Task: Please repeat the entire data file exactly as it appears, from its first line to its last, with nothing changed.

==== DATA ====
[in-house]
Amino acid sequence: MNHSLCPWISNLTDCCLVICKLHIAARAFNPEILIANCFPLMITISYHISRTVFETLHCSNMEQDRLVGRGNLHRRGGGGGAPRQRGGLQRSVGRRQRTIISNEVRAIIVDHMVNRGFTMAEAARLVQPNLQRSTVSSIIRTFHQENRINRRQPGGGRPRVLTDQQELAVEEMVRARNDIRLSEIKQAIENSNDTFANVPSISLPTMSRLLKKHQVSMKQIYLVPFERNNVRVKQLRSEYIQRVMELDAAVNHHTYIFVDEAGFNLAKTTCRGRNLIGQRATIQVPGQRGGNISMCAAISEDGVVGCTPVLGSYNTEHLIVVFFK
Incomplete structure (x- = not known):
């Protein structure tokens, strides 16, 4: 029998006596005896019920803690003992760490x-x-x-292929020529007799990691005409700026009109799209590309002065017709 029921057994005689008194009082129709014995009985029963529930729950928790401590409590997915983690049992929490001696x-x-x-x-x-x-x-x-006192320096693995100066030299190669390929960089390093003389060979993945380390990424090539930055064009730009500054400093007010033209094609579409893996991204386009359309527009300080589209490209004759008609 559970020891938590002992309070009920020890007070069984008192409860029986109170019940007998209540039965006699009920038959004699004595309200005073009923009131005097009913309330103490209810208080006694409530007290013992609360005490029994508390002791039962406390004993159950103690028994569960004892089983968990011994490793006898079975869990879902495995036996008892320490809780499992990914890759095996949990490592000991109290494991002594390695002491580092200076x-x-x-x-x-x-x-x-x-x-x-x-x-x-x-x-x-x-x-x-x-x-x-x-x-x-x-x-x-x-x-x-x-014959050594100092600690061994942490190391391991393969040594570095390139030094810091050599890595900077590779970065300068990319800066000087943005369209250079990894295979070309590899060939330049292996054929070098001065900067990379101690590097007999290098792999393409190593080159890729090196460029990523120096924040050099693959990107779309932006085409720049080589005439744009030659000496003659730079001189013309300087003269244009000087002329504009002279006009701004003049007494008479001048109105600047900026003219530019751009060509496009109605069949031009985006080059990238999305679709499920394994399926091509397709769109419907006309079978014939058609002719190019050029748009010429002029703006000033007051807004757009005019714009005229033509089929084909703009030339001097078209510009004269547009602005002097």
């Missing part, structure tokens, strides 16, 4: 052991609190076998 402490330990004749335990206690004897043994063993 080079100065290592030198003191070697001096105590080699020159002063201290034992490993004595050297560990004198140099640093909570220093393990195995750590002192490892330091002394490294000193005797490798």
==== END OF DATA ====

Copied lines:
[in-house]
Amino acid sequence: MNHSLCPWISNLTDCCLVICKLHIAARAFNPEILIANCFPLMITISYHISRTVFETLHCSNMEQDRLVGRGNLHRRGGGGGAPRQRGGLQRSVGRRQRTIISNEVRAIIVDHMVNRGFTMAEAARLVQPNLQRSTVSSIIRTFHQENRINRRQPGGGRPRVLTDQQELAVEEMVRARNDIRLSEIKQAIENSNDTFANVPSISLPTMSRLLKKHQVSMKQIYLVPFERNNVRVKQLRSEYIQRVMELDAAVNHHTYIFVDEAGFNLAKTTCRGRNLIGQRATIQVPGQRGGNISMCAAISEDGVVGCTPVLGSYNTEHLIVVFFK
Incomplete structure (x- = not known):
């Protein structure tokens, strides 16, 4: 029998006596005896019920803690003992760490x-x-x-292929020529007799990691005409700026009109799209590309002065017709 029921057994005689008194009082129709014995009985029963529930729950928790401590409590997915983690049992929490001696x-x-x-x-x-x-x-x-006192320096693995100066030299190669390929960089390093003389060979993945380390990424090539930055064009730009500054400093007010033209094609579409893996991204386009359309527009300080589209490209004759008609 559970020891938590002992309070009920020890007070069984008192409860029986109170019940007998209540039965006699009920038959004699004595309200005073009923009131005097009913309330103490209810208080006694409530007290013992609360005490029994508390002791039962406390004993159950103690028994569960004892089983968990011994490793006898079975869990879902495995036996008892320490809780499992990914890759095996949990490592000991109290494991002594390695002491580092200076x-x-x-x-x-x-x-x-x-x-x-x-x-x-x-x-x-x-x-x-x-x-x-x-x-x-x-x-x-x-x-x-x-014959050594100092600690061994942490190391391991393969040594570095390139030094810091050599890595900077590779970065300068990319800066000087943005369209250079990894295979070309590899060939330049292996054929070098001065900067990379101690590097007999290098792999393409190593080159890729090196460029990523120096924040050099693959990107779309932006085409720049080589005439744009030659000496003659730079001189013309300087003269244009000087002329504009002279006009701004003049007494008479001048109105600047900026003219530019751009060509496009109605069949031009985006080059990238999305679709499920394994399926091509397709769109419907006309079978014939058609002719190019050029748009010429002029703006000033007051807004757009005019714009005229033509089929084909703009030339001097078209510009004269547009602005002097």
């Missing part, structure tokens, strides 16, 4: 052991609190076998 402490330990004749335990206690004897043994063993 080079100065290592030198003191070697001096105590080699020159002063201290034992490993004595050297560990004198140099640093909570220093393990195995750590002192490892330091002394490294000193005797490798």